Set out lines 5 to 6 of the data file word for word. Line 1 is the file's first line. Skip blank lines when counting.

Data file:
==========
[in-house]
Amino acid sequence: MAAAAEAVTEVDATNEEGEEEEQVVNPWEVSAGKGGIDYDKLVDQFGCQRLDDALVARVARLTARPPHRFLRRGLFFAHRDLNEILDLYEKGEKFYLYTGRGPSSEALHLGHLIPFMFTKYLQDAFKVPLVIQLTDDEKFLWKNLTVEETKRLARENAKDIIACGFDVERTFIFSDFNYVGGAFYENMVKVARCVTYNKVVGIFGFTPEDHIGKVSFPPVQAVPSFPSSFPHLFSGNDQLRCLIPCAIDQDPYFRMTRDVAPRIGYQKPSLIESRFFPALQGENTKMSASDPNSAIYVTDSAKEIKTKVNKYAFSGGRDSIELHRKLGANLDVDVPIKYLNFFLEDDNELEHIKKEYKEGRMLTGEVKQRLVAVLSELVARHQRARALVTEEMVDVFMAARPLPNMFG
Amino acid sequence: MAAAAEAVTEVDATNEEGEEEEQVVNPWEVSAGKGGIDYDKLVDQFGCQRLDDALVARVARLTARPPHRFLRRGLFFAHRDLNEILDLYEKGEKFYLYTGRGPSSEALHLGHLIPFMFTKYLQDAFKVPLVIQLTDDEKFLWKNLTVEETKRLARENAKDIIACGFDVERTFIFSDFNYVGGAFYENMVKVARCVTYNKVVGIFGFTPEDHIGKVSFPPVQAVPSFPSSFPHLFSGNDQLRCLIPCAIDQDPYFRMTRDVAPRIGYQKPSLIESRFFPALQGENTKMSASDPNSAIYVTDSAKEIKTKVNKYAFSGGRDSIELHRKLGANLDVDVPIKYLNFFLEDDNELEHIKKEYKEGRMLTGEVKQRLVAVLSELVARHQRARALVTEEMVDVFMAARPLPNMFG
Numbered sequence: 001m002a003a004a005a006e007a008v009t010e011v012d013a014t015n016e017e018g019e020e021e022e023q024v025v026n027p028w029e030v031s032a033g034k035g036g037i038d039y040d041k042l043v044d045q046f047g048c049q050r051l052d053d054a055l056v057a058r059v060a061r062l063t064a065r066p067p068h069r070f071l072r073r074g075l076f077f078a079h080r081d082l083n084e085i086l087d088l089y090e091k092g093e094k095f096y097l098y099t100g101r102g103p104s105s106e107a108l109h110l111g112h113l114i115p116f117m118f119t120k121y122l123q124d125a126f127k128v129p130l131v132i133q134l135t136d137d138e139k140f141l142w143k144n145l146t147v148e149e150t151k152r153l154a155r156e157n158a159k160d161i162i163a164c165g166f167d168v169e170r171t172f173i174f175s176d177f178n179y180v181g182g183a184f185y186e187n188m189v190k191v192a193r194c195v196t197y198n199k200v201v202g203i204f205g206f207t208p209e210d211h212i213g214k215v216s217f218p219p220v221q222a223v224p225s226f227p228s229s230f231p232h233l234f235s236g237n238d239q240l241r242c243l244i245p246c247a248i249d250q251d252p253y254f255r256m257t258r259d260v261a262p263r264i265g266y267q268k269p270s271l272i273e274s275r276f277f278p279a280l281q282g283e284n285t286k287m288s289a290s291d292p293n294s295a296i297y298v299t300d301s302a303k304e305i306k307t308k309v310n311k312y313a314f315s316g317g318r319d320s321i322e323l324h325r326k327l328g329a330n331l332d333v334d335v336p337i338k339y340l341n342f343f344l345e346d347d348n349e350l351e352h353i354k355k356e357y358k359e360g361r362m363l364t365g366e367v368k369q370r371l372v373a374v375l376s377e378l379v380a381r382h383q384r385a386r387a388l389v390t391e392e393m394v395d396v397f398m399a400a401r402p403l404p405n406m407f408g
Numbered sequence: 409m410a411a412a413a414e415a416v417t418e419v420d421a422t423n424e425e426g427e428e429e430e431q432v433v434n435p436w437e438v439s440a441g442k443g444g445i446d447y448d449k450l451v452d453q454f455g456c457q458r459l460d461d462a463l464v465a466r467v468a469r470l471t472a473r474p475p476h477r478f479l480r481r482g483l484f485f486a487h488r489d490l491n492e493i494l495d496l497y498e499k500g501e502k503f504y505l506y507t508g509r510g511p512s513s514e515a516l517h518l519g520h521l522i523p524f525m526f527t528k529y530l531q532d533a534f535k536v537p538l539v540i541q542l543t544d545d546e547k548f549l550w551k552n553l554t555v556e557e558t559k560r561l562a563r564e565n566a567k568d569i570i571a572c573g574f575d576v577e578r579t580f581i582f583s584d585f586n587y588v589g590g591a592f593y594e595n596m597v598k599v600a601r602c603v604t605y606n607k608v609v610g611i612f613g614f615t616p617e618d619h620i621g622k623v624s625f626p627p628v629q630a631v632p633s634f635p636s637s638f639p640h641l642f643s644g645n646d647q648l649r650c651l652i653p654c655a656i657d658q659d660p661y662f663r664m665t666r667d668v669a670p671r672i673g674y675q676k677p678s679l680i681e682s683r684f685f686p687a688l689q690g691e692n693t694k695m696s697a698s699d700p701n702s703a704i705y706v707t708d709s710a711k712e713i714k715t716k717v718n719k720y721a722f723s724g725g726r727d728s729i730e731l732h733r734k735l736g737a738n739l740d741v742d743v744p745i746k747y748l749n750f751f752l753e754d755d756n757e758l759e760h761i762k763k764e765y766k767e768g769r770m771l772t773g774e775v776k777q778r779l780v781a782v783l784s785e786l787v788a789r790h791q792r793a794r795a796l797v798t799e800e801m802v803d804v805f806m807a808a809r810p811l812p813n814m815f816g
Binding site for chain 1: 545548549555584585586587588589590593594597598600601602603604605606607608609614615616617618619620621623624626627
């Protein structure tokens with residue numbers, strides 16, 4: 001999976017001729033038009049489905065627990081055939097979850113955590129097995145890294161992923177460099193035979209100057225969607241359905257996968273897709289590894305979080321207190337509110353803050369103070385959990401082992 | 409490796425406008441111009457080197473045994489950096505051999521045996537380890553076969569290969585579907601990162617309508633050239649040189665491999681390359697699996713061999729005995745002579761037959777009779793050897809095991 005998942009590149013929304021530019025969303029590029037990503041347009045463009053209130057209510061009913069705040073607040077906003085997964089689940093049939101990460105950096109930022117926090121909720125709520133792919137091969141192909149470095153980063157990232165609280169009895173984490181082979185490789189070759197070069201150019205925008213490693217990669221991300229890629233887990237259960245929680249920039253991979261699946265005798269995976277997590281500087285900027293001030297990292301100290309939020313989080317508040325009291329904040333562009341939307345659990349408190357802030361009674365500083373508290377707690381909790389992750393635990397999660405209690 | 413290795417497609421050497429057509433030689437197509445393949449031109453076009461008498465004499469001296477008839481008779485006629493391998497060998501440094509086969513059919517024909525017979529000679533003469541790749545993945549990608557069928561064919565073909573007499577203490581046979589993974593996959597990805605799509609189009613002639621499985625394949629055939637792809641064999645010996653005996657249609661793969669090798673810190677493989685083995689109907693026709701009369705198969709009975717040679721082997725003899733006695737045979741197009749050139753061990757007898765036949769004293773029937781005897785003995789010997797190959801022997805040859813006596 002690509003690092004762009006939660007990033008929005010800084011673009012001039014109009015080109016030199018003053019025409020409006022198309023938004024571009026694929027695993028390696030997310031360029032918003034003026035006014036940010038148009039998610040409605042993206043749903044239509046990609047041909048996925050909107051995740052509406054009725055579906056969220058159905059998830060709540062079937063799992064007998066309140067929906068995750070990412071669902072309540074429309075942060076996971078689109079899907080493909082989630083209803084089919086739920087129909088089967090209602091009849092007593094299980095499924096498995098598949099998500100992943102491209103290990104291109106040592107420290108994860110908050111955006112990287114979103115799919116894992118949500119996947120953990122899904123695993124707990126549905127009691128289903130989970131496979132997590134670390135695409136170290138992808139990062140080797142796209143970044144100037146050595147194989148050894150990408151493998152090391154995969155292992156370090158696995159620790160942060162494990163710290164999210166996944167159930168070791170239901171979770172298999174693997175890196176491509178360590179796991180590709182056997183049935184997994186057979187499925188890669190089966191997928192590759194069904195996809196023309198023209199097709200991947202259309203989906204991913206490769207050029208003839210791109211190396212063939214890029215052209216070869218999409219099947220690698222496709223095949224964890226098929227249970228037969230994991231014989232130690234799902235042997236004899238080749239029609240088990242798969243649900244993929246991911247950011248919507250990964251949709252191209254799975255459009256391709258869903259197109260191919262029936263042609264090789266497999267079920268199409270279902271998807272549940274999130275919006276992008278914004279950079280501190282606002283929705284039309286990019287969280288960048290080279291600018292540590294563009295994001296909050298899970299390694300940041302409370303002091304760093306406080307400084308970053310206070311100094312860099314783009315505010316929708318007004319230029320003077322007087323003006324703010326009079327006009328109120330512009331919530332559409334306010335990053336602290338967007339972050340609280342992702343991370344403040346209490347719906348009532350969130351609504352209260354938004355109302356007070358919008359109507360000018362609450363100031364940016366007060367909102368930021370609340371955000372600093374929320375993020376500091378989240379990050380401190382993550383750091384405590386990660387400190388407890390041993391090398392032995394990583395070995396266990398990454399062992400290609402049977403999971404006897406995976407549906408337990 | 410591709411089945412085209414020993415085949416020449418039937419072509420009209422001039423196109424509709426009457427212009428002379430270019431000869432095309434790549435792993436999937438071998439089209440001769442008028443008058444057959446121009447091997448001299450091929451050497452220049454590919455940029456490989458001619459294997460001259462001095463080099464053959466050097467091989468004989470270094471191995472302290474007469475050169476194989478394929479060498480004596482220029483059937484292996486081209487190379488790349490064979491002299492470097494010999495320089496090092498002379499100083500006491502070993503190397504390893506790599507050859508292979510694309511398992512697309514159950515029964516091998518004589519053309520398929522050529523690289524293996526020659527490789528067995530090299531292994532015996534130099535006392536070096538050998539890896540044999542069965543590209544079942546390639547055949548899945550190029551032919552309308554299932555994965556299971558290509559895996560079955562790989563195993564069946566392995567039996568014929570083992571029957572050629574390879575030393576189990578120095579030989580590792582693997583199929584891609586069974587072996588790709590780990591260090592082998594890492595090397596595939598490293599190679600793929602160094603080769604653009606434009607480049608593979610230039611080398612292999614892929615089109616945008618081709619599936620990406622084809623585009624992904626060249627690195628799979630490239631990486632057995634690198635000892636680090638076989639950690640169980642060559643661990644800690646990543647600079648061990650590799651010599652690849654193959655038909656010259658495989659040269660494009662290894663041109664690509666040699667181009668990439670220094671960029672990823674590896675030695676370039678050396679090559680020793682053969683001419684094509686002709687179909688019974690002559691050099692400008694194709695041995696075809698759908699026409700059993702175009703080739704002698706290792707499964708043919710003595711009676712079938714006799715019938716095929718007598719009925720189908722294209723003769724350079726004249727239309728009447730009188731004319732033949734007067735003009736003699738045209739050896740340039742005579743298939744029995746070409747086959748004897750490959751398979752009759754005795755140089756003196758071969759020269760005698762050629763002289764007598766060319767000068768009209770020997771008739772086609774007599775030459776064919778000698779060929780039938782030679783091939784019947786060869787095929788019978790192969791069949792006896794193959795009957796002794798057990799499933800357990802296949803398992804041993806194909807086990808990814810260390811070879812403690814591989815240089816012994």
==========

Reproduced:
Numbered sequence: 409m410a411a412a413a414e415a416v417t418e419v420d421a422t423n424e425e426g427e428e429e430e431q432v433v434n435p436w437e438v439s440a441g442k443g444g445i446d447y448d449k450l451v452d453q454f455g456c457q458r459l460d461d462a463l464v465a466r467v468a469r470l471t472a473r474p475p476h477r478f479l480r481r482g483l484f485f486a487h488r489d490l491n492e493i494l495d496l497y498e499k500g501e502k503f504y505l506y507t508g509r510g511p512s513s514e515a516l517h518l519g520h521l522i523p524f525m526f527t528k529y530l531q532d533a534f535k536v537p538l539v540i541q542l543t544d545d546e547k548f549l550w551k552n553l554t555v556e557e558t559k560r561l562a563r564e565n566a567k568d569i570i571a572c573g574f575d576v577e578r579t580f581i582f583s584d585f586n587y588v589g590g591a592f593y594e595n596m597v598k599v600a601r602c603v604t605y606n607k608v609v610g611i612f613g614f615t616p617e618d619h620i621g622k623v624s625f626p627p628v629q630a631v632p633s634f635p636s637s638f639p640h641l642f643s644g645n646d647q648l649r650c651l652i653p654c655a656i657d658q659d660p661y662f663r664m665t666r667d668v669a670p671r672i673g674y675q676k677p678s679l680i681e682s683r684f685f686p687a688l689q690g691e692n693t694k695m696s697a698s699d700p701n702s703a704i705y706v707t708d709s710a711k712e713i714k715t716k717v718n719k720y721a722f723s724g725g726r727d728s729i730e731l732h733r734k735l736g737a738n739l740d741v742d743v744p745i746k747y748l749n750f751f752l753e754d755d756n757e758l759e760h761i762k763k764e765y766k767e768g769r770m771l772t773g774e775v776k777q778r779l780v781a782v783l784s785e786l787v788a789r790h791q792r793a794r795a796l797v798t799e800e801m802v803d804v805f806m807a808a809r810p811l812p813n814m815f816g
Binding site for chain 1: 545548549555584585586587588589590593594597598600601602603604605606607608609614615616617618619620621623624626627